The lesson states "Most verbs ending -ir in Le Présent (Present Tense) conjugate like this:" but sortir, mentir and partir are very comon verbs endng in -ir that have a different rule so shouldn't the lesson discuss both groups smultaneously, otherwise a student gets misled until sometime later when the other is introduced with a similarly simplistic description.

Cécile

Kwiziq language super star

10 July 2018

10/07/18

Hi David,


This is a good point but in my experience this is how groups of verbs in learning French have always been taught.


You start off with the three groups of regular verbs and then you learn the exceptions and irregular verbs.


In time, you will be able to know which end in 


 'is, is, it, issons, issez, issent'


and learn the irregular ones each separately.


In my opinion the two most important verbs in that category are 'finir' and 'choisir', and you will get used to how they conjugate.


It might be reconforting to know that almost 90% of French verbs are those ending in ER ( according to Le Petit Robert), so by far the biggest group, and only 6% are verbs ending in IR...


Hope this helps!


 

Chris

Kwiziq community member

14 June 2018

1 reply

why is this in the plural and not the singular "Je finis mes devoirs."

Cécile

Kwiziq language super star

15 June 2018

15/06/18

Hi Chris,


'Devoirs' in the plural is homework and 'devoir' in the singular is 'duty'.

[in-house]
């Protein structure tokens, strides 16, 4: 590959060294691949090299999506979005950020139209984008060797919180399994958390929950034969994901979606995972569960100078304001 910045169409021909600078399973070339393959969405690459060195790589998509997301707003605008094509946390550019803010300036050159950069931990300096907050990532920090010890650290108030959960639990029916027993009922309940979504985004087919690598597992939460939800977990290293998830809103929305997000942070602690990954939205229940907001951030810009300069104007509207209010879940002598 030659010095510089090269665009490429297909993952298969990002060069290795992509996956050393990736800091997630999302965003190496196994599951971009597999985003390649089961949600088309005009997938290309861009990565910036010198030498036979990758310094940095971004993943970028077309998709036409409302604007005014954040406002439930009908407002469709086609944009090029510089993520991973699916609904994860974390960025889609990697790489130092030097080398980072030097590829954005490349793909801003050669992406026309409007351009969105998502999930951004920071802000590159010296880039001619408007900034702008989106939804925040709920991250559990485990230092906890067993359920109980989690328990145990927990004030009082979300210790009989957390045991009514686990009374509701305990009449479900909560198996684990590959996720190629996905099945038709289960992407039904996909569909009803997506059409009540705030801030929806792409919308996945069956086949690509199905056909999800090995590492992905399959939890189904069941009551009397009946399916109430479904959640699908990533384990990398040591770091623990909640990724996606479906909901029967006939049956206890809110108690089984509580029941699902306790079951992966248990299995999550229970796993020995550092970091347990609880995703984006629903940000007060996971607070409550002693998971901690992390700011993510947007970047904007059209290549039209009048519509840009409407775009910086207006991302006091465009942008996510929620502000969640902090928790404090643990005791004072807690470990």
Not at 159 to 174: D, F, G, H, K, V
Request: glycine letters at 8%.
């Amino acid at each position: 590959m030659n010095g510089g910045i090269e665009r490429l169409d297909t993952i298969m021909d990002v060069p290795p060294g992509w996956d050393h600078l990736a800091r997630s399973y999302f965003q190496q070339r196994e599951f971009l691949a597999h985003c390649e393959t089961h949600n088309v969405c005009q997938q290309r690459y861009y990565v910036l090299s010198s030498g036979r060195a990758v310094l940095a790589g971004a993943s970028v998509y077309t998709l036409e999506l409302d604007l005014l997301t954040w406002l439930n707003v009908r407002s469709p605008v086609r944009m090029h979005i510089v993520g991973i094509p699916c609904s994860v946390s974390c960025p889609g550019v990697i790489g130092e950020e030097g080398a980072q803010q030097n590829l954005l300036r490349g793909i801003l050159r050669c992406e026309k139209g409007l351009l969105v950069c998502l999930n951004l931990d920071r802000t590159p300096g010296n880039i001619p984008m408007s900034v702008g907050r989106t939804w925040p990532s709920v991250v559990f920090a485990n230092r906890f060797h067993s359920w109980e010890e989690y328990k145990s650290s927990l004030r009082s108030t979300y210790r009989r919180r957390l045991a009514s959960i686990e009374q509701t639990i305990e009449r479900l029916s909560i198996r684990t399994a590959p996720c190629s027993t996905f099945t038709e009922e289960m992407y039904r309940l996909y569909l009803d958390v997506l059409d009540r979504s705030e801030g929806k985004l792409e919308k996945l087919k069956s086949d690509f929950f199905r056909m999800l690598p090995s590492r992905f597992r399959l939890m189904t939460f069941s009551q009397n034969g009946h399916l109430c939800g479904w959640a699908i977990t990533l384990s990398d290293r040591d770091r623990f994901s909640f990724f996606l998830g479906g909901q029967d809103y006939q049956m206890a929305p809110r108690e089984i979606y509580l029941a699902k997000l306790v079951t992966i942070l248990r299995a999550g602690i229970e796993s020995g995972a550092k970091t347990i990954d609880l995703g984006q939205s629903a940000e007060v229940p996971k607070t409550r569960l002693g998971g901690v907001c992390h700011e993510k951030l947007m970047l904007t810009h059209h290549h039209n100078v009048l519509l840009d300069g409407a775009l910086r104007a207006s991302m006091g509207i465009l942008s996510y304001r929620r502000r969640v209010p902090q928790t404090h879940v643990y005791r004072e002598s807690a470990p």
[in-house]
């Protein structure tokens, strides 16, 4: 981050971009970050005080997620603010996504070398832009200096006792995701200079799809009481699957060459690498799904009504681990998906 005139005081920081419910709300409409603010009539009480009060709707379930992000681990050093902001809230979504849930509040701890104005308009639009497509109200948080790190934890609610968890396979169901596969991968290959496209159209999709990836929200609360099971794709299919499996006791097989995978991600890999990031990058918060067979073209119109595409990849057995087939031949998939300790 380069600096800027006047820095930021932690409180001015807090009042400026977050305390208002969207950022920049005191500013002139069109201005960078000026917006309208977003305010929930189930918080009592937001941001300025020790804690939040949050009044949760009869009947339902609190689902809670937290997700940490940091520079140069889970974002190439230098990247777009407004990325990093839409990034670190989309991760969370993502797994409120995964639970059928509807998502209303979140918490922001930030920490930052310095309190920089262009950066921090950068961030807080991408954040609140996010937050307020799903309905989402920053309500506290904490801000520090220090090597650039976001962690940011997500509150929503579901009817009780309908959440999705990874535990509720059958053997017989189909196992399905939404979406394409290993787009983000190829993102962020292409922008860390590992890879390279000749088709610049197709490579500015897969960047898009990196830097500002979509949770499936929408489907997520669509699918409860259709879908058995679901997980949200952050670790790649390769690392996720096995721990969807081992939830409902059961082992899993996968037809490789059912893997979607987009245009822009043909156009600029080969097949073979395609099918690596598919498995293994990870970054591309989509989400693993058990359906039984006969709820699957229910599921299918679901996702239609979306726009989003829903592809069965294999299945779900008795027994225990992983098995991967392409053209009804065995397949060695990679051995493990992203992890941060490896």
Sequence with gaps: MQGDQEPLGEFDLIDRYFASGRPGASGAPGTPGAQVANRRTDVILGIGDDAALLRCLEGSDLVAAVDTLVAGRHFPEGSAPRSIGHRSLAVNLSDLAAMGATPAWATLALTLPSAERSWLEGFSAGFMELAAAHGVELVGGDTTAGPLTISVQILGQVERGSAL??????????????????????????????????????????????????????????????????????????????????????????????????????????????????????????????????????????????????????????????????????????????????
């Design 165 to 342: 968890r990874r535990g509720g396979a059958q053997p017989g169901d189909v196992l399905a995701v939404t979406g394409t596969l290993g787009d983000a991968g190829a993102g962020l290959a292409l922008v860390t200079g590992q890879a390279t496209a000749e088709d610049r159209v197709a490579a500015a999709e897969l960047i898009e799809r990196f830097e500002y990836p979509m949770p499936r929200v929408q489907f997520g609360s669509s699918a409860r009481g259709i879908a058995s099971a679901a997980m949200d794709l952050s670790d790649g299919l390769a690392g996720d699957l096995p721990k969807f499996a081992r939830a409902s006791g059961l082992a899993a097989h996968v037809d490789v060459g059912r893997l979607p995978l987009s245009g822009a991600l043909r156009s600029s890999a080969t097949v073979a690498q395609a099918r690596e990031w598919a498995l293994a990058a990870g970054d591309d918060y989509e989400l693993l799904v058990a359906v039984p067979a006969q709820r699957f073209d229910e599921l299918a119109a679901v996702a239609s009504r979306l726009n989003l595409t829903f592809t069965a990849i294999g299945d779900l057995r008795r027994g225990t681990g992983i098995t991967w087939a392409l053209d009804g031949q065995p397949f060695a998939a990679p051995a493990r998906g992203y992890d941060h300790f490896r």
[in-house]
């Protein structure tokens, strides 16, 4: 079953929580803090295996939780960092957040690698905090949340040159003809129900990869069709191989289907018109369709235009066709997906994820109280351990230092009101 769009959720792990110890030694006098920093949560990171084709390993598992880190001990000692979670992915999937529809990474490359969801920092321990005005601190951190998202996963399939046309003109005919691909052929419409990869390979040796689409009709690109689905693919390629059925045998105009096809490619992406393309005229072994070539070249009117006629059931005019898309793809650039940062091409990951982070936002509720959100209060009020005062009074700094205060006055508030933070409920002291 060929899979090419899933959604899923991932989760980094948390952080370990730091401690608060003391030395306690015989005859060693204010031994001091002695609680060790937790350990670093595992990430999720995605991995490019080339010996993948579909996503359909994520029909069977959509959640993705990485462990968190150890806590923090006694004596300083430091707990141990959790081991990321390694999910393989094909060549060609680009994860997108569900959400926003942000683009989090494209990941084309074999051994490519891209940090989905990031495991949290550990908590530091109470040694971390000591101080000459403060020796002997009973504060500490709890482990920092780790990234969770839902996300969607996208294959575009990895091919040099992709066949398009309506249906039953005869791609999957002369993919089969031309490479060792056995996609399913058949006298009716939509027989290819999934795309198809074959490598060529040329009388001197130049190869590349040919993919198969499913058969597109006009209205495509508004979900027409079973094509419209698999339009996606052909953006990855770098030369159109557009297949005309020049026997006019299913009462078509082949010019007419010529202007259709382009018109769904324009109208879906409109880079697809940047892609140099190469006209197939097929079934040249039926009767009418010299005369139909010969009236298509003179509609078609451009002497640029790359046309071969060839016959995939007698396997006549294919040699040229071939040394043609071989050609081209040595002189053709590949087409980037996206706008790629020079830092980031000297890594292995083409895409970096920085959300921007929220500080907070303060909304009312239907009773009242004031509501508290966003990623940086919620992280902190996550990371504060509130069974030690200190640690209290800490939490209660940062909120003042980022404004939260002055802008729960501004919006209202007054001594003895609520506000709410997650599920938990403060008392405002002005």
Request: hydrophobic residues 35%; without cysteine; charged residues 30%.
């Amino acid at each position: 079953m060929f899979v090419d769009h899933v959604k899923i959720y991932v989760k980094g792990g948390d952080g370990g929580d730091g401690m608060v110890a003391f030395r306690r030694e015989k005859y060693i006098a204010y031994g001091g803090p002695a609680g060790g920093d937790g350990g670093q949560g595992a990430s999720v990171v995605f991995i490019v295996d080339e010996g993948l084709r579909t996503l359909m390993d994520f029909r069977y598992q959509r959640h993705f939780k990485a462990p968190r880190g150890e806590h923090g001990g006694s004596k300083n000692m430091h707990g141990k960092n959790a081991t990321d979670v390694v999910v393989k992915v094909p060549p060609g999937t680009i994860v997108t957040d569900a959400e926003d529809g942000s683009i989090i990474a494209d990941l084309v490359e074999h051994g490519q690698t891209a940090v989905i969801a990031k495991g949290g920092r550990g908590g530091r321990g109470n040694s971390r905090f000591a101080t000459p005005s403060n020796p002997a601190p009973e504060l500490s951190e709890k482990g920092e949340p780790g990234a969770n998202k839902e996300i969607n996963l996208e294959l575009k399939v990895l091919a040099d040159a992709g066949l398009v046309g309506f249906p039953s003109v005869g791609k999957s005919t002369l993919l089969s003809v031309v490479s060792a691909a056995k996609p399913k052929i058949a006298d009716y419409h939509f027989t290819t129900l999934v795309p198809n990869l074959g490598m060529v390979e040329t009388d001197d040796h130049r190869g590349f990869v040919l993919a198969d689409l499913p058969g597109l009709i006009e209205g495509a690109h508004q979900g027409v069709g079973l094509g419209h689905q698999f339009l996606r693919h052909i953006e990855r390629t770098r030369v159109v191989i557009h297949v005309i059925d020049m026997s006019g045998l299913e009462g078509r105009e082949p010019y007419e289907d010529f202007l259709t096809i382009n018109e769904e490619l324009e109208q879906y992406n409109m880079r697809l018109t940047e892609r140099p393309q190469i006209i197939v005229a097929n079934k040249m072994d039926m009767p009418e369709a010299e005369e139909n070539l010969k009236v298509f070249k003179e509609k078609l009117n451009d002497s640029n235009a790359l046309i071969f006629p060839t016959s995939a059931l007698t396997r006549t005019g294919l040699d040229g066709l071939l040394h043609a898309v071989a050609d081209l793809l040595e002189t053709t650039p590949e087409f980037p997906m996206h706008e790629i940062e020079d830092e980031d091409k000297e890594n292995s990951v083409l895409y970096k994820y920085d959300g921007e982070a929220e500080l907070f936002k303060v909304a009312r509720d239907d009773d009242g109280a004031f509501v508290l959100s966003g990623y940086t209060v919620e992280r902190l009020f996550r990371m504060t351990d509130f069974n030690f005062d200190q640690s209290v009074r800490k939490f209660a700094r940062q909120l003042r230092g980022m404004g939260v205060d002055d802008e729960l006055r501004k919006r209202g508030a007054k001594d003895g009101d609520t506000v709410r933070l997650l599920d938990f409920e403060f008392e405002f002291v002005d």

e.g. Il a fait son devoir. He has done his duty.


Hope this helps!

Rant

Kwiziq community member

29 April 2018

1 reply

Note about répartir

The note about répartir in this lesson:

Note that the verb répartir is NOT a derivative of partir, but shares its root with the word repartition, and does follow the regular -IR conjugation.

Is a little confusing, because 'partir' is not mentioned anywhere, and there is a very subtle difference with 'repartir' that is also not mentioned. Having some of this context would help!

Cécile

Kwiziq language super star

30 April 2018

30/04/18

Hi Rant,


I understand your confusion ..


The verb 'partir' isn't included because it is an irregular verb and does not conjugate like the regular verbs ending in IR, 'finir''choisir'  which go


" issons, issez, issent" in the plural forms BUT


je pars, tu pars, il/elle/on part, nous partons , vous partez, ils/elles partent.


Répartir however is a regular verb , and follow the regular verbs ending in IR conjugation rules.


Hopes this helps!


 


 

Ron

Kwiziq community member

21 October 2017

2 replies

Example sounds